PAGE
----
I’m giving all you reading this just this one day to wail, rage, and gnash your teeth. Go ahead, get it out of your system. Curse the Court, curse the government, and cry out to the heavens, themselves.

Then, tomorrow, buck up, square up, and put on a steely gaze.

Because tomorrow the fight begins anew.

PS: Romney 2012

PPS: May I suggest it’s time for the Bill of Federalism?

RELATED: J. Christian Adams on The Good, the Bad, and the Ugly in today’s decision. Erick Erickson on why he’s not down on John Roberts. Jay Cost — “What did the SCOTUS just do?

Footnotes:
(1) Something I never expected — Roberts siding with the majority, and the “Great Squish” Kennedy becoming my hero for declaring the whole act unconstitutional. What a strange world.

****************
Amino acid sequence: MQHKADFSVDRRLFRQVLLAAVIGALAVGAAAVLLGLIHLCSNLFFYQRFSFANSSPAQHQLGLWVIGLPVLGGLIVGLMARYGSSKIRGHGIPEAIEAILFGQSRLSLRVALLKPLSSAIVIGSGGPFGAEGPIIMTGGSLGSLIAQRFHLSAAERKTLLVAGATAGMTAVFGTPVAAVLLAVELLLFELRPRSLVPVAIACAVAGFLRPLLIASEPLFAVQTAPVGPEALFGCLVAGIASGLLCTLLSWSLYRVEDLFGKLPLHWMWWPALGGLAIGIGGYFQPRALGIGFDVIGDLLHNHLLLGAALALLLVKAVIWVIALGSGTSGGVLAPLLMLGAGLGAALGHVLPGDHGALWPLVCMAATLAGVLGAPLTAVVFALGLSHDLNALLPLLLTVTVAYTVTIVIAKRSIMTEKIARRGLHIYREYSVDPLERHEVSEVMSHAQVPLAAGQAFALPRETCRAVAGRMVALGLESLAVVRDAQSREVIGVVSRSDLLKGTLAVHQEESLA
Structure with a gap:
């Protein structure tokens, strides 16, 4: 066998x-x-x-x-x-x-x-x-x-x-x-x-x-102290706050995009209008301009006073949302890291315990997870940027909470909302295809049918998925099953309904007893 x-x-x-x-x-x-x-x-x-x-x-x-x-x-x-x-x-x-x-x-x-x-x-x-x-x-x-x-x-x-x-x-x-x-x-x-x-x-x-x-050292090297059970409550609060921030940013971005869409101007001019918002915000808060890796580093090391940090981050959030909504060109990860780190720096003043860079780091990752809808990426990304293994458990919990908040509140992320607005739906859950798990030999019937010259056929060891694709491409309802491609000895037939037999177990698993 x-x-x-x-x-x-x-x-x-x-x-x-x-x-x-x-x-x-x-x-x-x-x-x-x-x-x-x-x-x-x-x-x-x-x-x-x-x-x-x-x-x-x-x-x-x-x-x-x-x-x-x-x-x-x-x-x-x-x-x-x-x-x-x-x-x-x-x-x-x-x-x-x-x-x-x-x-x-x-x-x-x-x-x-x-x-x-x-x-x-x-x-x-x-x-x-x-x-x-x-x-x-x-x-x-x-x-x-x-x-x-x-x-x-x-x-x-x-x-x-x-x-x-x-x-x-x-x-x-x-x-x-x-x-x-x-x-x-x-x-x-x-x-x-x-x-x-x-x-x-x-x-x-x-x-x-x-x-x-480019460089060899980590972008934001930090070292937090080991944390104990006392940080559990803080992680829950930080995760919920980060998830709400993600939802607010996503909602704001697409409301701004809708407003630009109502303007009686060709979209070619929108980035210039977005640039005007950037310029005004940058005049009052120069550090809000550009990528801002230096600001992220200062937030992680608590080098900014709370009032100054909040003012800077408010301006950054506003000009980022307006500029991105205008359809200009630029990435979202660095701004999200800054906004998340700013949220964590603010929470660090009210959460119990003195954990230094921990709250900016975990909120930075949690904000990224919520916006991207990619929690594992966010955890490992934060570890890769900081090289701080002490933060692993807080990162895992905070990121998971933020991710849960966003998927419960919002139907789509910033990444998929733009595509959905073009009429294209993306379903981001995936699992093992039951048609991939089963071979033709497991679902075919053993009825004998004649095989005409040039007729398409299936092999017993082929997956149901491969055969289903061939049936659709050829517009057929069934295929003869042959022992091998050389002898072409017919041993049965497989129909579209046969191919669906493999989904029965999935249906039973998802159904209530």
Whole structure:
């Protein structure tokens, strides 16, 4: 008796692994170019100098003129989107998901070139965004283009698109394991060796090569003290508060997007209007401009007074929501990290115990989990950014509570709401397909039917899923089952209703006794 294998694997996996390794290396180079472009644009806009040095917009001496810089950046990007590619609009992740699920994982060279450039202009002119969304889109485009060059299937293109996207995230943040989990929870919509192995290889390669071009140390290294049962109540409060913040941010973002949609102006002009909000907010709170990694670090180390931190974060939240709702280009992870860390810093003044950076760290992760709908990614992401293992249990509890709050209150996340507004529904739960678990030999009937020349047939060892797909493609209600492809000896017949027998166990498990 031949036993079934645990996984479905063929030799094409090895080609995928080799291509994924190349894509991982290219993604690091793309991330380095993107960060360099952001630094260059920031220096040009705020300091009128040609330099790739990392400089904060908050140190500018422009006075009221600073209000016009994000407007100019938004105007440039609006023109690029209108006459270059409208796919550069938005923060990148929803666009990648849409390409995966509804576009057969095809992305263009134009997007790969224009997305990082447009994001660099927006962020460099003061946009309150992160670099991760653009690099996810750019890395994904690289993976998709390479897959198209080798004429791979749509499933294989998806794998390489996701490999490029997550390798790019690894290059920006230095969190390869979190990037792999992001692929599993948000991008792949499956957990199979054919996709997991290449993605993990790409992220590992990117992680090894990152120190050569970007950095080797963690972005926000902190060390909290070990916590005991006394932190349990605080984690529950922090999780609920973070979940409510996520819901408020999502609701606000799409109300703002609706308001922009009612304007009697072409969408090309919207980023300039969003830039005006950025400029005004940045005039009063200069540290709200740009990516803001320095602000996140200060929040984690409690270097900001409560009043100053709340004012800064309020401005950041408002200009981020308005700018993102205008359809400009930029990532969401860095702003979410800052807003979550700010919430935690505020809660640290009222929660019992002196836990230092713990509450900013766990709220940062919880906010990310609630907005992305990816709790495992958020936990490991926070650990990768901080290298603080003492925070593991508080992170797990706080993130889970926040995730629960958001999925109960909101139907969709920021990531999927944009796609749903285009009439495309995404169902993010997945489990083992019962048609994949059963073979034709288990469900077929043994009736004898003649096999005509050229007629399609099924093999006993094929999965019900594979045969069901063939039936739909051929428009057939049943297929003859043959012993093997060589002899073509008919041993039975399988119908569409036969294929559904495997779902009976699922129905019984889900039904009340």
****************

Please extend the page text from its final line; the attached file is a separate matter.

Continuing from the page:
(2) Dred Scott. Plessy v Ferguson. The Slaughterhouse Cases. Buck v Bell. Korematsu. Wickard v Filburn. Roe v Wade. Kelo. And those are just off the top of my head. The Supreme Court regularly makes bad decisions; there is nothing sacred or infallible about their rulings. They are not set in stone for all time.

(Crossposted at Sister Toldjah)


How to undo ObamaCare? A problem of philosophy

April 2, 2012

There’s an interesting article at The Weekly Standard, by Jeffrey Anderson, looking at the difficulties the Supreme Court faces as it decides what to do about ObamaCare. As Anderson describes it, there are five choices:

  1. Upholding the law in its entirety;
  2. Minimally overturning it by striking down just the individual mandate;
  3. Go a little further by overturning the mandate, plus the closely related “community rating” and “guaranteed issue” clauses;
  4. Go through the law page by page deciding which part survives and which is overturned;